“Among those meeting Inman on the outskirts of town was Kurly Hebb, former rodeo cowboy and Kansas Cowboy Hall of Fame member.

“‘He’s got my respect. I can tell from talking to him he’s going to make it. Just be a cowboy, that’s all you got to do,’ said Hebb, now a rancher.”

Know what? Maybe we’re not finished yet!

Neolithic Fashionplates

This report on excavations at a 7,500 year-old neolithic/chalcolithic site in southern Serbia doesn’t tell us lots of new information about that period in Europe. The article says this site may push back the initial date of the Copper Age by 500 years but doesn’t really give you enough information to assess the claim.

However, a study of women’s dress from analysis of clay figurines like the one above, turns up some fun insights:

“According to the figurines we found, young women were beautifully dressed, like today’s girls in short tops and mini skirts, and wore bracelets around their arms,” said archaeologist Julka Kuzmanovic-Cvetkovic.”

Paris Hilton Tries to Help Drunk Elephants

The headline for this piece was so bizarre I couldn’t let it go. So now she’s the celebrity spokesperson for a big problem in India:

“Activists said a celebrity endorsement such as Hilton’s was sure to raise awareness of the plight of the pachyderms that get drunk on farmers’ homemade rice beer and then go on a rampage.

‘The elephants get drunk all the time. It is becoming really dangerous. We need to stop making alcohol available to them,’ the 26-year-old socialite said in a report posted on World Entertainment News Network’s Web site. Her comments were picked up by other Web sites and newspapers around the globe.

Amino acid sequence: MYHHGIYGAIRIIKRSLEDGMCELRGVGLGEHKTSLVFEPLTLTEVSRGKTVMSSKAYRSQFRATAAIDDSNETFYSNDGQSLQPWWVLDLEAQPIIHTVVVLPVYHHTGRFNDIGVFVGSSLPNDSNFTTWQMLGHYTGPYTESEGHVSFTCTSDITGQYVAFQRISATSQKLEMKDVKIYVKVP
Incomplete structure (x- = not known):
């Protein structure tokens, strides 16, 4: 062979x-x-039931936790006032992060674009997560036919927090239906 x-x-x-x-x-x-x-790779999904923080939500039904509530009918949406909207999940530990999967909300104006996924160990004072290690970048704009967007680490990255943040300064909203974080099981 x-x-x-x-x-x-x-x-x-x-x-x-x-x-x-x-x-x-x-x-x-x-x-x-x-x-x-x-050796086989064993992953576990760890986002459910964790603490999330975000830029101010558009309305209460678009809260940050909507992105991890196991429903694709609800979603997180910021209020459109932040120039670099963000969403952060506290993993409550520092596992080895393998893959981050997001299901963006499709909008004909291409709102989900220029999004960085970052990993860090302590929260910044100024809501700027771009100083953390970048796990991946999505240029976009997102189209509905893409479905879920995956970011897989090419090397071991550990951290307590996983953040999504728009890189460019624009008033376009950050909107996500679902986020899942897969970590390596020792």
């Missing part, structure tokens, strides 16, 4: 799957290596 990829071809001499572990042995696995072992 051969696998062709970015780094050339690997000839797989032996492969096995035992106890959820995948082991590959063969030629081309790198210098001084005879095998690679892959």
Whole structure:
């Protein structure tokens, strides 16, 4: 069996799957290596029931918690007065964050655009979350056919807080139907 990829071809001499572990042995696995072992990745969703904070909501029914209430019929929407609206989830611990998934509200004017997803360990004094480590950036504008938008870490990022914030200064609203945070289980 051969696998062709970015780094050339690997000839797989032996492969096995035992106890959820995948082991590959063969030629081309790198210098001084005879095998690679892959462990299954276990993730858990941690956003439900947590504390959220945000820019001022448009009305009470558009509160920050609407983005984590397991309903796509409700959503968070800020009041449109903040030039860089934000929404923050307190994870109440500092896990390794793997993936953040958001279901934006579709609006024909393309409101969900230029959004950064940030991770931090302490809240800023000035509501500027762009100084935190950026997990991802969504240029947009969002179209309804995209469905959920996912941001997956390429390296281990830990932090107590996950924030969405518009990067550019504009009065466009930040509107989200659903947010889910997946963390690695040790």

Last month, six wild elephants that broke into a farm in the state of Meghalaya were electrocuted after drinking the potent brew and then uprooting an electricity pole.

‘There would have been more casualties if the villagers hadn’t chased them away. And four elephants died in a similar way three years ago. It is just so sad,’ Hilton was quoted as saying in Tokyo last week. She was in Tokyo to judge a beauty contest.

Her publicist couldn’t immediately be reached for comment Tuesday.”

Her publicist is speechless and so am I.

Thoughts on Taking The Dog

I’ve written a couple emails to friends explaining why, for Pete’s sake, I’m not taking Rina to Texas.

My answers are many and are all over the map, which suggests to me that none of them are exactly what I mean to say. The bottom line is that I am afraid for her safety on the one hand, and she is more trouble than she’s worth, on the other.

Don’t misunderstand. Rina is indispensable to me—here. She flushes birds daily for my hawks, points, chases, catches, and generally provides extra fun and good company in the field. The hawks like her and trust her judgment. She rarely lets us down, and never on purpose.